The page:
Stone Brewing doesn't spend money on advertising, but they still manage to get their message across loud and clear. Here's how they do it.
America's love affair with craft beers was still in its infancy when Greg Koch and his partner, Steve Wagner, started Stone Brewing in 1996. At that point, many Americans had never heard of craft beer, much less tasted it. To make matters worse, the majority of people who tried Stone's strong brews found them unpalatable. "It was too intense for them," says Koch, the CEO of the Escondido, California-based company.
With no money in the budget to spend on advertising and a public unfamiliar with the product, the company faced a hard road winning customers. Rather than tone down their beer, Koch and Wagner amped up the attitude and created a brand that took pride in being outside the mainstream. Stone found a following among craft-beer enthusiasts and is now the 10th-largest craft brewer. Below, Koch shares his tips for building a $100 million business without spending a dime on advertising.
1. Attitude is everything. Rather than try to downplay the public's early reaction to their beer, Koch and Wagner wore it as a badge of honor. Besides giving one of their earliest brews the eyebrow-raising name Arrogant Bastard Ale, they proudly stated on the beer's label, This is an aggressive beer. You probably won't like it. The strategy created a deep loyalty among the drinkers who did like it. Koch likens his branding philosophy to that of the heavy-metal group Metallica. "Metallica never cared if you didn't like Metallica," he says.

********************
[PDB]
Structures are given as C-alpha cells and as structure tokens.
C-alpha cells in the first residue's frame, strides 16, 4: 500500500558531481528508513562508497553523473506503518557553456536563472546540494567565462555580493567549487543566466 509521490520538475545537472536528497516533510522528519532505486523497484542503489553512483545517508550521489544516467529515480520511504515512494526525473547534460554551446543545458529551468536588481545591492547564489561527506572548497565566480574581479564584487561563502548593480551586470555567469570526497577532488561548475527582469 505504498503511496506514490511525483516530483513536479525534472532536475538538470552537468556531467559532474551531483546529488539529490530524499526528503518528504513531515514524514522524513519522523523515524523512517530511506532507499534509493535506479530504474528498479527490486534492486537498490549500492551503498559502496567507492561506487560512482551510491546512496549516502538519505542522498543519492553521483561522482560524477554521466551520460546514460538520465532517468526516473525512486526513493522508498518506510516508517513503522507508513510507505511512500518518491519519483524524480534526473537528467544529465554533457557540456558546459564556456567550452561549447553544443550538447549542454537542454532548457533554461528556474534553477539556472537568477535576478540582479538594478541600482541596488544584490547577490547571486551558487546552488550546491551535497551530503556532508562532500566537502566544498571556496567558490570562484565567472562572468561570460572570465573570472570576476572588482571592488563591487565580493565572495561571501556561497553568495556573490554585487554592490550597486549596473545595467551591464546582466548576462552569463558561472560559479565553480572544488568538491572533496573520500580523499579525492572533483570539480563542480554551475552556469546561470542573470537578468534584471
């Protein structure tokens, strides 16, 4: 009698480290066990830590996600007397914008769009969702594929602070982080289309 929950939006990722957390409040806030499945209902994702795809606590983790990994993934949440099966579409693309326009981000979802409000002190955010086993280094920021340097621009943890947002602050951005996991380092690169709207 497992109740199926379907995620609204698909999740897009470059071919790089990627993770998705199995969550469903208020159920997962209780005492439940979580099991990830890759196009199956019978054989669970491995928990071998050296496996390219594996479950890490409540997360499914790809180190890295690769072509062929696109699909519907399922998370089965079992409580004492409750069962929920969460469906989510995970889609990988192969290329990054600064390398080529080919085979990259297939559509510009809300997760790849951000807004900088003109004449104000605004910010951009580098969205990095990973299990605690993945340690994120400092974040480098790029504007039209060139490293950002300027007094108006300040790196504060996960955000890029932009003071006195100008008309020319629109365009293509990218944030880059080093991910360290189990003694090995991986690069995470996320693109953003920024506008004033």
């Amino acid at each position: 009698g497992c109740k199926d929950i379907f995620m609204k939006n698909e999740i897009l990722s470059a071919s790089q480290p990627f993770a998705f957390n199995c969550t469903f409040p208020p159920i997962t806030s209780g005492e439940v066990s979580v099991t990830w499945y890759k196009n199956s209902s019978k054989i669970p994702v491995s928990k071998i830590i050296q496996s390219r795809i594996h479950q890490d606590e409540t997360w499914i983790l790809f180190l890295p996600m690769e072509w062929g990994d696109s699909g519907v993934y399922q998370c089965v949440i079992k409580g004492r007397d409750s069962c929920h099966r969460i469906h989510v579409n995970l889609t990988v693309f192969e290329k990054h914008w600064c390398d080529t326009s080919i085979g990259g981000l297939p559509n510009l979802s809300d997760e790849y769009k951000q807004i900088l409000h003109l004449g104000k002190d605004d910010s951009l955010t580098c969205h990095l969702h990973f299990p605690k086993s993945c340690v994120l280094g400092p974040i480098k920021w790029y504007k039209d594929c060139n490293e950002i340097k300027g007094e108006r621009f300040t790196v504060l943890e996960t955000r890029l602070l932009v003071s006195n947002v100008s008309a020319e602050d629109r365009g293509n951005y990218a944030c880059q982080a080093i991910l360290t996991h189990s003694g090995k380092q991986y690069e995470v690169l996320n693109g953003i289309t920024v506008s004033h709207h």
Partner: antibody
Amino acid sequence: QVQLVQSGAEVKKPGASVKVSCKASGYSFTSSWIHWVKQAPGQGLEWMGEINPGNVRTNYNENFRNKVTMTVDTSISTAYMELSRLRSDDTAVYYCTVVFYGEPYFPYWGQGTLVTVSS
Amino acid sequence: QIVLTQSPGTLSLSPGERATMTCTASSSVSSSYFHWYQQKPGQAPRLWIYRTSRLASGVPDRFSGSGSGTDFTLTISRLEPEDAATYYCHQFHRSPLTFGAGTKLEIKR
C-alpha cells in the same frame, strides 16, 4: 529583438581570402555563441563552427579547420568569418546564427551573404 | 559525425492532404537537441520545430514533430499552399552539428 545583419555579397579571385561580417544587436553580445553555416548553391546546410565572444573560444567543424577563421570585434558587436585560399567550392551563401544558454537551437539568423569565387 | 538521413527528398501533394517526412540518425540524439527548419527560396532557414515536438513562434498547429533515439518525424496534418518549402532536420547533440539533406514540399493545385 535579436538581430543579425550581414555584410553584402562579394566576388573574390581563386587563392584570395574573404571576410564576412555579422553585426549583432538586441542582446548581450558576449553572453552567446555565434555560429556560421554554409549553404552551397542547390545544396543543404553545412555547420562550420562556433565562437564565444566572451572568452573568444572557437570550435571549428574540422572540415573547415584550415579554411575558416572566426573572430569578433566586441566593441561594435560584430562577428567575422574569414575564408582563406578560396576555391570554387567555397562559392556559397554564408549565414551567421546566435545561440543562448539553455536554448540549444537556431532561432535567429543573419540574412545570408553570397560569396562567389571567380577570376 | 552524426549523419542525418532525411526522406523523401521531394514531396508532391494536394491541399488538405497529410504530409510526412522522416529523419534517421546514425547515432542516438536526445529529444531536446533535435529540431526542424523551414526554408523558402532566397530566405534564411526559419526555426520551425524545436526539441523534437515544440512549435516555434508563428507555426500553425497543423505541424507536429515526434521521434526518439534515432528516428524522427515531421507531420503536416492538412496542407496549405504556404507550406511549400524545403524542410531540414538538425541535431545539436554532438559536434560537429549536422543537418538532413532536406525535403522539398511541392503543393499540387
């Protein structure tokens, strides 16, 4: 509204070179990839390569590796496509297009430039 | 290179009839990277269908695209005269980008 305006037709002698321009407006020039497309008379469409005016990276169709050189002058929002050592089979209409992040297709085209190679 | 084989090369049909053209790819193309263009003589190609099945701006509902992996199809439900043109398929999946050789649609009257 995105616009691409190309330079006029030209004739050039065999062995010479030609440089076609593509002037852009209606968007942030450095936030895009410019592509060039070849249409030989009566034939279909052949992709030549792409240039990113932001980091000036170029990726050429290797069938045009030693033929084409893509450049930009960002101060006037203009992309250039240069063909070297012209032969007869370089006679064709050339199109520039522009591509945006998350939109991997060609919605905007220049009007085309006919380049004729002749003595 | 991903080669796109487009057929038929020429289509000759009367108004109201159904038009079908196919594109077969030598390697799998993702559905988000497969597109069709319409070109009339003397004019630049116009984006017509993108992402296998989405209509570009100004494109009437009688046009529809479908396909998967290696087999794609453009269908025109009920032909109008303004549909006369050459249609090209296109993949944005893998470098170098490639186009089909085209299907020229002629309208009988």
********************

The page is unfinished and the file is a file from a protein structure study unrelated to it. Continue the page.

2. Pick a fight. Stone revels in its anti-corporate, iconoclastic image. "We enjoy poking fun at sheeplike consumerism and taste," Koch says. Part of that means throwing some playful barbs at the giants in the industry, such as Budweiser and Coors. Stone's T-shirts and stickers carry the slogan: Fizzy yellow beer is for wussies. And Koch himself frequently takes up the cause against mass-market brews. "I'm picking a fight with mediocrity," he says. "I'm picking a fight with the idea that beer is nothing more than the industrialized stuff of the TV commercials."
3. Don't fit in. When Stone's brews first hit retail shelves, the company chose to sell its beer in what the industry calls bomber bottles--22-ounce containers that stand out against traditional 12-ounce bottles. Koch says it was a good package size for people who might want to try the beer for the first time. Selling single bottles also allowed Stone to give its beers a premium price, along with a higher profit margin. "For a young brewery trying desperately to find its way to breakeven, it was a smart move for us," Koch says.
4. Ally with other outcasts. From the beginning, Koch realized a rising tide would lift the whole nascent craft-brew industry. In 1997, he co-founded the San Diego Brewers Guild, an organization created to promote and educate the public about locally brewed beers. Today, San Diego boasts more than 80 craft brewers. "We took a bit of a leadership position," Koch says. "It fostered a competitive industry." Stone also carries its competitors' beers as part of its distribution business and keeps them on tap at its two Southern California restaurants.